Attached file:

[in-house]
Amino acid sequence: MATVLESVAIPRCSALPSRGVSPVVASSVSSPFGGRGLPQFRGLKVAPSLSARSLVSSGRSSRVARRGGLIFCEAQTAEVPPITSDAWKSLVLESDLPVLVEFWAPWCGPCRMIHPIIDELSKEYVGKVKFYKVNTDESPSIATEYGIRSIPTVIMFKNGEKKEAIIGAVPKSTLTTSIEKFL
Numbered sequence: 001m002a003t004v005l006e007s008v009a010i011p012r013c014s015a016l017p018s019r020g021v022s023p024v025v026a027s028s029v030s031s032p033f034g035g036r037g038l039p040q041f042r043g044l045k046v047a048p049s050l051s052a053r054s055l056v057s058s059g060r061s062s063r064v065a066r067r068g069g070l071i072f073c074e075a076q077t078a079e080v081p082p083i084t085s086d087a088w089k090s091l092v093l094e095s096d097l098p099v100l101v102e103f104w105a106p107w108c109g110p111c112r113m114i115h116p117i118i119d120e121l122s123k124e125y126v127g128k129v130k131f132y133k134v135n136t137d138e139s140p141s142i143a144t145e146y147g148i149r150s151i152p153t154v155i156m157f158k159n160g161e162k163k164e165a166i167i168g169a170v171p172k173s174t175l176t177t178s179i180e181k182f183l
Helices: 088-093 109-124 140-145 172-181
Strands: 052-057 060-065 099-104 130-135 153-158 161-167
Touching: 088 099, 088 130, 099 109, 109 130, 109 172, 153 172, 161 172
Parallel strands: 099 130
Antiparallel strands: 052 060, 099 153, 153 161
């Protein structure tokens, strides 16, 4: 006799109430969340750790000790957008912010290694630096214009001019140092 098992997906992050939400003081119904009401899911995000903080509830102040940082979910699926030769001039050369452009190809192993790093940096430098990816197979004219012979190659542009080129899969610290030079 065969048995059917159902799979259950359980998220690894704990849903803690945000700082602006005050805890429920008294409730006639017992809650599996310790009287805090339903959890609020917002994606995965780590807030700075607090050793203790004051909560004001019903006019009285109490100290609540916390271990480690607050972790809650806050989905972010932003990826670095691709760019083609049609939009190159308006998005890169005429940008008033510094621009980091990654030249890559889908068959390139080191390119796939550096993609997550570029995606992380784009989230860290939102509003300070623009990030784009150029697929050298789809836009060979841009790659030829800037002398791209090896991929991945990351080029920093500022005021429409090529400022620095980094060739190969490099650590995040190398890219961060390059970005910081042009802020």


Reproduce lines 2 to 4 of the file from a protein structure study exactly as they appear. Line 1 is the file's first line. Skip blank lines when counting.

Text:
Amino acid sequence: MATVLESVAIPRCSALPSRGVSPVVASSVSSPFGGRGLPQFRGLKVAPSLSARSLVSSGRSSRVARRGGLIFCEAQTAEVPPITSDAWKSLVLESDLPVLVEFWAPWCGPCRMIHPIIDELSKEYVGKVKFYKVNTDESPSIATEYGIRSIPTVIMFKNGEKKEAIIGAVPKSTLTTSIEKFL
Numbered sequence: 001m002a003t004v005l006e007s008v009a010i011p012r013c014s015a016l017p018s019r020g021v022s023p024v025v026a027s028s029v030s031s032p033f034g035g036r037g038l039p040q041f042r043g044l045k046v047a048p049s050l051s052a053r054s055l056v057s058s059g060r061s062s063r064v065a066r067r068g069g070l071i072f073c074e075a076q077t078a079e080v081p082p083i084t085s086d087a088w089k090s091l092v093l094e095s096d097l098p099v100l101v102e103f104w105a106p107w108c109g110p111c112r113m114i115h116p117i118i119d120e121l122s123k124e125y126v127g128k129v130k131f132y133k134v135n136t137d138e139s140p141s142i143a144t145e146y147g148i149r150s151i152p153t154v155i156m157f158k159n160g161e162k163k164e165a166i167i168g169a170v171p172k173s174t175l176t177t178s179i180e181k182f183l
Helices: 088-093 109-124 140-145 172-181